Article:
6. Continuous education
Self-development is the key to employee’s success. In the same system where company should create a structure for unstructured time, those same companies should create time for continuous education. Allow employees to seek new interests, learn and develop new skills.
7. Allow failure
The essence of innovation is that it takes multiple experiments to successfully create new products, solutions, services. Failure is part of the innovation process. When employees are not afraid of failure, they will feel empowered to take risks and be “crazy”.
Yemi Adesokan, 35- year based Nigerian born researcher, has put his country’s name on the map of nations of innovation.
Adesokan’s discovery which has potential to change the way mankind responds to disease pathogens, according to experts, may bring an end the era of increased burden of drug resistance in the world particularly, in sub Saharan Africa.
When he moved to United States in 1996, little did the young innovator have realise that he was going to rub shoulders with some of the greatest names in scientific technology.
But today, Adesokan who has been listed by Technology Review, an independent media company owned by the Massachusetts Institute of Technology, (MIT) USA. as one of the TR35 Award of the 2011 World top innovators. Past recipients have included Sergey Brin (Google), Mark Zuckerberg (Facebook), and Konstantin Novoselev (later a Nobel Laureate in Physics).
Adesokan is being so specially honoured for his work in the application of next generation sequencing to clinical diagnostics. Adesokan, who is also the founder of Pathogenica Inc., was selected as a member of the TR35 class of 2011 by a panel of expert judges and the editorial staff of Technology Review, who evaluated more than 300 nominations.
This work is being carried out by a biotechnology startup that I founded with Prof George Church of Harvard Medical School DNA technology. The Pathogenica’s test kits are able to identify the presence, allowing for physicians to screen for multiple diseases with accurate results and a rapid turnaround.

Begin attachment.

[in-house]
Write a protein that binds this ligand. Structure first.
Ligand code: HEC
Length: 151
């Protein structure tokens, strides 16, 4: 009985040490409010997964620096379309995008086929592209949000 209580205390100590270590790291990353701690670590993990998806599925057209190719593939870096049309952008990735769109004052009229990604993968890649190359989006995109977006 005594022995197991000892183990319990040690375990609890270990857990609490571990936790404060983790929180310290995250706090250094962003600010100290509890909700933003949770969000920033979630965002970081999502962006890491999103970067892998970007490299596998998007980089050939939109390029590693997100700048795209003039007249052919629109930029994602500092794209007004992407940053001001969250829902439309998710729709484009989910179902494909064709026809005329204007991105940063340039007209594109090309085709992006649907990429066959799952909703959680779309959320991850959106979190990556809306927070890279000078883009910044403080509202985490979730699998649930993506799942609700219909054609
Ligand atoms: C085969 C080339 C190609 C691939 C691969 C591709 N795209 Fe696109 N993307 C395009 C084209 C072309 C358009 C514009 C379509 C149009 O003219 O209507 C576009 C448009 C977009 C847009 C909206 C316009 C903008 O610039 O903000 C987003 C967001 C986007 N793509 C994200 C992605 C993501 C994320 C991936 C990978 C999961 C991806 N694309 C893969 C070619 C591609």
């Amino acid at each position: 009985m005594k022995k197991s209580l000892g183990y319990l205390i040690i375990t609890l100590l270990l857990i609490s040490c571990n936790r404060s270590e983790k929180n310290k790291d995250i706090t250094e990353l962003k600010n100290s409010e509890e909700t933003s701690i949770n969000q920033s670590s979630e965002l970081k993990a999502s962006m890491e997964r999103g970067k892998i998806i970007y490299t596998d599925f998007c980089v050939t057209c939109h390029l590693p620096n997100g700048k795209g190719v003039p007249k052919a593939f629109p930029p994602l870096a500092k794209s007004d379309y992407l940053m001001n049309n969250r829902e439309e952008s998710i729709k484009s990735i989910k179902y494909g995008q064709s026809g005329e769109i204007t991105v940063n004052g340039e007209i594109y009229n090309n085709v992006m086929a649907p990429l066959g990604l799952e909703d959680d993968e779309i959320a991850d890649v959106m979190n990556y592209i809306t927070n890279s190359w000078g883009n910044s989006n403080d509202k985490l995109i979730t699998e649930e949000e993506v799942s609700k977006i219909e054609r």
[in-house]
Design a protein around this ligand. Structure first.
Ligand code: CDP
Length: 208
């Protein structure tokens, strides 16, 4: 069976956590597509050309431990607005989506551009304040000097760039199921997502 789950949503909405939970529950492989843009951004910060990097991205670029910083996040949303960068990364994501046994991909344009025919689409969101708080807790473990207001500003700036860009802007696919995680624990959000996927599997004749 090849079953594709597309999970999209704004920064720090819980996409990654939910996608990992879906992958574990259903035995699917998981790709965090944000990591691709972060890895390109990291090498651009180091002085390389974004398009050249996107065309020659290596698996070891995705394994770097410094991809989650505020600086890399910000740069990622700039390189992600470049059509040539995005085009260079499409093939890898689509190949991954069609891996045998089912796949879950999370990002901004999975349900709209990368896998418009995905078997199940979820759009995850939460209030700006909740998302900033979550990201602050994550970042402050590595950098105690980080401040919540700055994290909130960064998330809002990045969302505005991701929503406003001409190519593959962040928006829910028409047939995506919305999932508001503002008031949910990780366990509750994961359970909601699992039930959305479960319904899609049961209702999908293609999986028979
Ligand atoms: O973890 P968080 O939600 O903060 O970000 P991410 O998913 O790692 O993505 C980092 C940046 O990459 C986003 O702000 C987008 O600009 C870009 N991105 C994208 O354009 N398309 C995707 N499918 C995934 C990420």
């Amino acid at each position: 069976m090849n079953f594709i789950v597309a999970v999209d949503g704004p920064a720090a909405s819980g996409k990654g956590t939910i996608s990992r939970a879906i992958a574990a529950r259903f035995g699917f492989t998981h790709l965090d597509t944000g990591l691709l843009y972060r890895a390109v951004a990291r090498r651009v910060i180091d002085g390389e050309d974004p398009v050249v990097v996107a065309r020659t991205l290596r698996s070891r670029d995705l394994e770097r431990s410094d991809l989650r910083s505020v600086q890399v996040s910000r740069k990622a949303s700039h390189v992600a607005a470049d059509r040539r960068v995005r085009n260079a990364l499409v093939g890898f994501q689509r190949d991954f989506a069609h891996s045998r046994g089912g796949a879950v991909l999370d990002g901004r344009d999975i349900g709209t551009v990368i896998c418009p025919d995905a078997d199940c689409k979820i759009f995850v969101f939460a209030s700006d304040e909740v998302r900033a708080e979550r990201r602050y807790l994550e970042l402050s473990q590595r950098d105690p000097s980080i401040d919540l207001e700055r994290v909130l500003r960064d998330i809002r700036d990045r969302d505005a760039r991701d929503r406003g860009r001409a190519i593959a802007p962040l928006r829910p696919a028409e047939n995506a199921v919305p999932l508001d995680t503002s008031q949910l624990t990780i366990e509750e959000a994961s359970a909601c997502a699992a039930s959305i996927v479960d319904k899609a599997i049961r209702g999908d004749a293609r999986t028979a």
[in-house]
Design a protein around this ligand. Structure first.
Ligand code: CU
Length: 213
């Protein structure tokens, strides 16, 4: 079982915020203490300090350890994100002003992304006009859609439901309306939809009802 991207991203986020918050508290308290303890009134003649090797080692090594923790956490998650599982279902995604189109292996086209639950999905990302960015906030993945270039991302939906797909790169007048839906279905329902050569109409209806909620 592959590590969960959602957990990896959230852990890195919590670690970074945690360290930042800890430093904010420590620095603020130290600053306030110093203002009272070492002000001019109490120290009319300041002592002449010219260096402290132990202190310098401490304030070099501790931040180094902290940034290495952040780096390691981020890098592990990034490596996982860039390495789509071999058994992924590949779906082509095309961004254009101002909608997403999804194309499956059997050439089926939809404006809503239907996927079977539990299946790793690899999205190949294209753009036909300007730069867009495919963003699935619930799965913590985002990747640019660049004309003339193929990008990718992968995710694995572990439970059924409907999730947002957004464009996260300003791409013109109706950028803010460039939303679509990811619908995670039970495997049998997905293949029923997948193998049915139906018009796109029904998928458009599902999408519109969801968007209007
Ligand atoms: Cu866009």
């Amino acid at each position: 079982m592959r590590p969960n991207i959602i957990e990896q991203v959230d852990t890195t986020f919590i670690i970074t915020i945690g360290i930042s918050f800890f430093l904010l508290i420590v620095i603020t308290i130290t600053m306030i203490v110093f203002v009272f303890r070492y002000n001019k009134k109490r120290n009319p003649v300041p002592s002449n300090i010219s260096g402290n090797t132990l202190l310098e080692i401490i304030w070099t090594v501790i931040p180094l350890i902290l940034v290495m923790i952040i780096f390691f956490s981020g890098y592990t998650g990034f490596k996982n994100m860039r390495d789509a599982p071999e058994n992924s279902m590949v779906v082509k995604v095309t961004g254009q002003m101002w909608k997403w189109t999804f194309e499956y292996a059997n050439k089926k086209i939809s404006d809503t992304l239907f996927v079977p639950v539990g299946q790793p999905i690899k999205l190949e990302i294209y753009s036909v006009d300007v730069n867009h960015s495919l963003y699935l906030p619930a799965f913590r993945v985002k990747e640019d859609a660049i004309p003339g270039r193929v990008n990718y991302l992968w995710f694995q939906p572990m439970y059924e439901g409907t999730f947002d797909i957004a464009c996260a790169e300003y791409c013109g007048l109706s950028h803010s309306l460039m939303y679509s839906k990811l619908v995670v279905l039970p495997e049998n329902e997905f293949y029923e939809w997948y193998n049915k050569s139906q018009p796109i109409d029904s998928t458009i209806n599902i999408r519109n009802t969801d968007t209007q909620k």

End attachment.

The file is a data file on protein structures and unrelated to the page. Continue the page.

Sequencing technologies have improved a million – fold in the past seven years, bringing scientists a wealth of individual genomics and the key now is to employ the data to improve clinical practice. The DNA sequence of each individual or organism is unique, and is the most detailed signature for identification.
This year marks one decade since the completion of the Human Genome Project, a three billion-dollar effort to sequence a human genome.
A major issue in Nigeria today, is that some sterilised water may contain harmful pathogens. The technology is useful in screening a range of pathogens in water, livestock (poultry, etc.), and in food manufacturing. The key point for this technology is its high multiple. As it scales up, we actually see a reduction in price.
With the innovation, the cost of DNA sequencing has dropped more than 40,000_fold since that time to just $5,000 today. The price continues to drop. We are applying this fast, inexpensive technology in a unique way to improve routine clinical diagnostics.
Disruptive innovation, a term of art coined by Clayton Christensen, describes a process by which a product or service takes root initially in simple applications at the bottom of a market and then relentlessly moves up market, eventually displacing established competitors.
As companies tend to innovate faster than their customers’ needs evolve, most organizations eventually end up producing products or services that are actually too sophisticated, too expensive, and too complicated for many customers in their market.
Companies pursue these “sustaining innovations” at the higher tiers of their markets because this is what has historically helped them succeed: by charging the highest prices to their most demanding and sophisticated customers at the top of the market, companies will achieve the greatest profitability.
However, by doing so, companies unwittingly open the door to “disruptive innovations” at the bottom of the market. An innovation that is disruptive allows a whole new population of consumers at the bottom of a market access to a product or service that was historically only accessible to consumers with a lot of money or a lot of skill.
Characteristics of disruptive businesses, at least in their initial stages, can include: lower gross margins, smaller target markets, and simpler products and services that may not appear as attractive as existing solutions when compared against traditional performance metrics. Because these lower tiers of the market offer lower gross margins, they are unattractive to other firms moving upward in the market, creating space at the bottom of the market for new disruptive competitors to emerge.